Analysing the search terms used through search engines has become an important tool in gauging the interest in in products and the effect of media campaigns.
Google analytics have tracked the interest in various search permutations of olive oil since 2004 with interesting results. The interest is measured on a scale of 0-100. The worldwide search for 'olive oil' remained flat around the 80 mark until mid-2008 and since then has climbed steadily to around 95.
The searches are also divided into categories; for olive oil the most important categories are Food and Drink (50-75%), Health (10-25%) and Beauty and Personal Care (10-25%). The percentage indicates the perceptions of uses according to the searchers. With the emphasis on the health aspects of olive oil, it is surprising that this category does not rate higher.
The search for 'extra virgin olive oil' followed the same pattern with a score of 60 from 2004 with a steady rise from early 2008 to the current 90. Significantly, the Health category only recorded 0-10% interest, less than for olive oil. This could be interpreted as the consumer not getting the message about the health attributes of extra virgin olive oil.
The analysis of the regional interest shown in extra virgin over the last 5 years has Singapore top with a score of 100, USA second with 98 and Australia third with 74. New Zealand ranks number 8 with a score of 54.
Australian and New Zealand Searches
In Australia, the search for 'extra virgin olive oil' showed a steady decline from when it first registered with adequate traffic in late 2004 with a score of 80. The steady decline continued to late 2007 when it hit a low of just above 20. During 2008, traffic increased with a spike reaching 100 at the time of the publicity surrounding supermarket olive oils in October. Since then interest has abated to just above 60, 20 below the 2004 level.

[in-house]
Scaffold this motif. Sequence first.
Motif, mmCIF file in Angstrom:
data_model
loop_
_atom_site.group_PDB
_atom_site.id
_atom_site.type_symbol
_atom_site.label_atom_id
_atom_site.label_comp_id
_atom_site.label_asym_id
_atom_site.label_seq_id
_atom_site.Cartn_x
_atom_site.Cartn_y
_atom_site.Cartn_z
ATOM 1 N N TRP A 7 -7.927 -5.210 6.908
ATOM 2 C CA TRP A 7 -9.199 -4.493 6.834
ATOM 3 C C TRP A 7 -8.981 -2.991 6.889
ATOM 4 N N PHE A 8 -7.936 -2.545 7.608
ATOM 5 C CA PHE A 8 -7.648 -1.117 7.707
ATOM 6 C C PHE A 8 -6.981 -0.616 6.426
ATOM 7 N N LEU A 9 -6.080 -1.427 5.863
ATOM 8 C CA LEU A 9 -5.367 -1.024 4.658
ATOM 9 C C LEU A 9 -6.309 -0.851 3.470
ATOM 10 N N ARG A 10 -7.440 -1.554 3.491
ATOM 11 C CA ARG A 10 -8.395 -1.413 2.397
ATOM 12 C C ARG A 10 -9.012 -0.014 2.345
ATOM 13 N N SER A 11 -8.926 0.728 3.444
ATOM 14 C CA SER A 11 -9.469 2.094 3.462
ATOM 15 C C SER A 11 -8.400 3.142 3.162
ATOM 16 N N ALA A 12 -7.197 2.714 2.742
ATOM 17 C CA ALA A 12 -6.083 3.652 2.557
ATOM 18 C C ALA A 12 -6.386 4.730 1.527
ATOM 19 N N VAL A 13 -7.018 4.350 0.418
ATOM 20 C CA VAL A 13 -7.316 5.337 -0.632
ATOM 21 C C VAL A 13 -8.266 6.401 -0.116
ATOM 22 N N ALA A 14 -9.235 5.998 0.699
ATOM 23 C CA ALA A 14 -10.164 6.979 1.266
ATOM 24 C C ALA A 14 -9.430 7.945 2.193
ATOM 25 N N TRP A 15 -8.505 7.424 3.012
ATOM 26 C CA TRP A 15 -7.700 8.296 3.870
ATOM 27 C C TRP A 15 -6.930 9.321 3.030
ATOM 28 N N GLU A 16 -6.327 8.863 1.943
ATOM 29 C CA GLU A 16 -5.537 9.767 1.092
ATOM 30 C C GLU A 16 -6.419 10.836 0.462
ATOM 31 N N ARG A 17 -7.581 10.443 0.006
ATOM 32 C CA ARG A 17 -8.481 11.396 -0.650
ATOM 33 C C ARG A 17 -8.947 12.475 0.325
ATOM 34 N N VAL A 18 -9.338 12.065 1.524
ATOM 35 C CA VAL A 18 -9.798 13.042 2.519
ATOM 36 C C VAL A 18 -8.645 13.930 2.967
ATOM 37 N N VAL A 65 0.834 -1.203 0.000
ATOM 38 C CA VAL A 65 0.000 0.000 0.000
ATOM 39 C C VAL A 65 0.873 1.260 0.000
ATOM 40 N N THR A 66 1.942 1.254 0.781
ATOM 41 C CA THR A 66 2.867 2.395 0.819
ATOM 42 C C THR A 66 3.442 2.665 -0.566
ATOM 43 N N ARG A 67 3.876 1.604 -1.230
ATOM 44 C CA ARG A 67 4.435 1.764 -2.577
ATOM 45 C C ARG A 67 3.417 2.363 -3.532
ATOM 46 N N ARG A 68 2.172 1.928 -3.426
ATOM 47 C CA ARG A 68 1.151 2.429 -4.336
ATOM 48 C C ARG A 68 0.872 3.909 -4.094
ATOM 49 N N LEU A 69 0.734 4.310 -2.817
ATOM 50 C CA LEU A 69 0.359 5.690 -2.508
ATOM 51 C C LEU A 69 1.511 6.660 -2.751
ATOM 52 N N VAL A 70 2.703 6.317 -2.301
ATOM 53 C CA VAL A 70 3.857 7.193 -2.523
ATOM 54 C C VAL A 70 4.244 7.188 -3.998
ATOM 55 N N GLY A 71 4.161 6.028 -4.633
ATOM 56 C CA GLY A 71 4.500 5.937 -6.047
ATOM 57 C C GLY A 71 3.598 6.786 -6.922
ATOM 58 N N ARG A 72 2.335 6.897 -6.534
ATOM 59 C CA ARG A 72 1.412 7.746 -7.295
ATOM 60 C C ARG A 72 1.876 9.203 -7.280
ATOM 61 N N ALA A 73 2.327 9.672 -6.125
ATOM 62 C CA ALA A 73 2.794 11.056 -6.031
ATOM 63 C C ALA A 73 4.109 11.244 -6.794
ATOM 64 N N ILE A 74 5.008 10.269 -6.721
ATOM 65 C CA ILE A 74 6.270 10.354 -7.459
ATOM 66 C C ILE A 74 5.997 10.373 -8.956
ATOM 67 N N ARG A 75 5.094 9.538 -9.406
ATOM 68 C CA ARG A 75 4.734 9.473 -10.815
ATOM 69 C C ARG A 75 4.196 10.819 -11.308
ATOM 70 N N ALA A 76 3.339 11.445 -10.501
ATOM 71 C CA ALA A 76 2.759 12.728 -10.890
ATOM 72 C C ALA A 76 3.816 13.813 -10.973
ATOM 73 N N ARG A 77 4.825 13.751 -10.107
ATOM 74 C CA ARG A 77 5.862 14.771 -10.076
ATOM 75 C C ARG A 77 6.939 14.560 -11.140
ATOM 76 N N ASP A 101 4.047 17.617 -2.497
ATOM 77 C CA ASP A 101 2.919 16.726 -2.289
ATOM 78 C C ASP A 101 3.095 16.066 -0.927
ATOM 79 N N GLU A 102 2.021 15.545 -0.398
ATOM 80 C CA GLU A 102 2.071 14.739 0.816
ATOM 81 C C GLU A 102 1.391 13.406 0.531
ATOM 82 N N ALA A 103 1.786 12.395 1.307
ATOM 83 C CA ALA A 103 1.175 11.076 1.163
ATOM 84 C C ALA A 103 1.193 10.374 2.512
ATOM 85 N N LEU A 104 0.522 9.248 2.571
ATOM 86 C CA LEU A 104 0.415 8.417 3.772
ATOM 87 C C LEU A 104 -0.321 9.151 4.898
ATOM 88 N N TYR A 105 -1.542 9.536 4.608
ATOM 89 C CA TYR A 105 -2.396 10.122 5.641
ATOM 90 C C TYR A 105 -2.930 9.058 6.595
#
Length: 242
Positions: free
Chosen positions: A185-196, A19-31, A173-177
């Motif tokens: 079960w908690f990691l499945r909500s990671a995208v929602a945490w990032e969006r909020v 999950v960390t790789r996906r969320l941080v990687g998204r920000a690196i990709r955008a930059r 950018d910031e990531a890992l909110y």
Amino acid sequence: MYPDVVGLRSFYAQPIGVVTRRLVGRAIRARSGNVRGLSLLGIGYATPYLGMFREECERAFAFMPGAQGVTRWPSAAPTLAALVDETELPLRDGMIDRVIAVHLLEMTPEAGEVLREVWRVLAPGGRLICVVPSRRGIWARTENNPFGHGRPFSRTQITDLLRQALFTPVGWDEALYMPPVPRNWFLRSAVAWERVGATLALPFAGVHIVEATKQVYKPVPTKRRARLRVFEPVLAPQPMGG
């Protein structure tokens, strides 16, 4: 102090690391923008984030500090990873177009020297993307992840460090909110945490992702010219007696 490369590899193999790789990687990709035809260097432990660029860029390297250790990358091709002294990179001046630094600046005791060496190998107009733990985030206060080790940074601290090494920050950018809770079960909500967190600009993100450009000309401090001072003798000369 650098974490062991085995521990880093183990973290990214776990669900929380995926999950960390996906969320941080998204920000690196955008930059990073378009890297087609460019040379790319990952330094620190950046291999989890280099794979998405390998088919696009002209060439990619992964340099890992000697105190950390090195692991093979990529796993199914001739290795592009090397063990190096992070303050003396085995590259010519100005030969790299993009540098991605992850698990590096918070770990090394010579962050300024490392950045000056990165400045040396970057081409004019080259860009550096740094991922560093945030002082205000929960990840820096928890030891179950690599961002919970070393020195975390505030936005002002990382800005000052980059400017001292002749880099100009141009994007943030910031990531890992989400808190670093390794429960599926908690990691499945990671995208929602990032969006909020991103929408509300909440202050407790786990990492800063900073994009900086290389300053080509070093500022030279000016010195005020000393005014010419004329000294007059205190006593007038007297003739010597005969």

Analysis of the searches by State shows the highest interest is in Victoria with a rating of 100, then New South Wales at 80 and Queensland with 57. The other States did not rate - probably a reflection of their smaller populations.
New Zealanders don't search enough for 'extra virgin olive oil' to register a score. 'Olive oil' does register and, following wild fluctuations in 2004 and 2005, has settled to a steady 50. There is a spike to 70 in early 2009, probably related to coverage given to the judging of the 2008 Olives NZ olive oil competition. The main interest comes from Wellington with a score of 100, then Auckland 95, Taranaki 86 and Canterbury 81.
The internet search analytics are a useful tool to gauge the impact of promotions and industry publicity - both positive and negative. Having lifted the interest back to 2004 levels, the challenge for the Australian industry is to commit the resources to sustain the renewed interest. For New Zealand, the challenge is to generate more traffic searching for olive oil.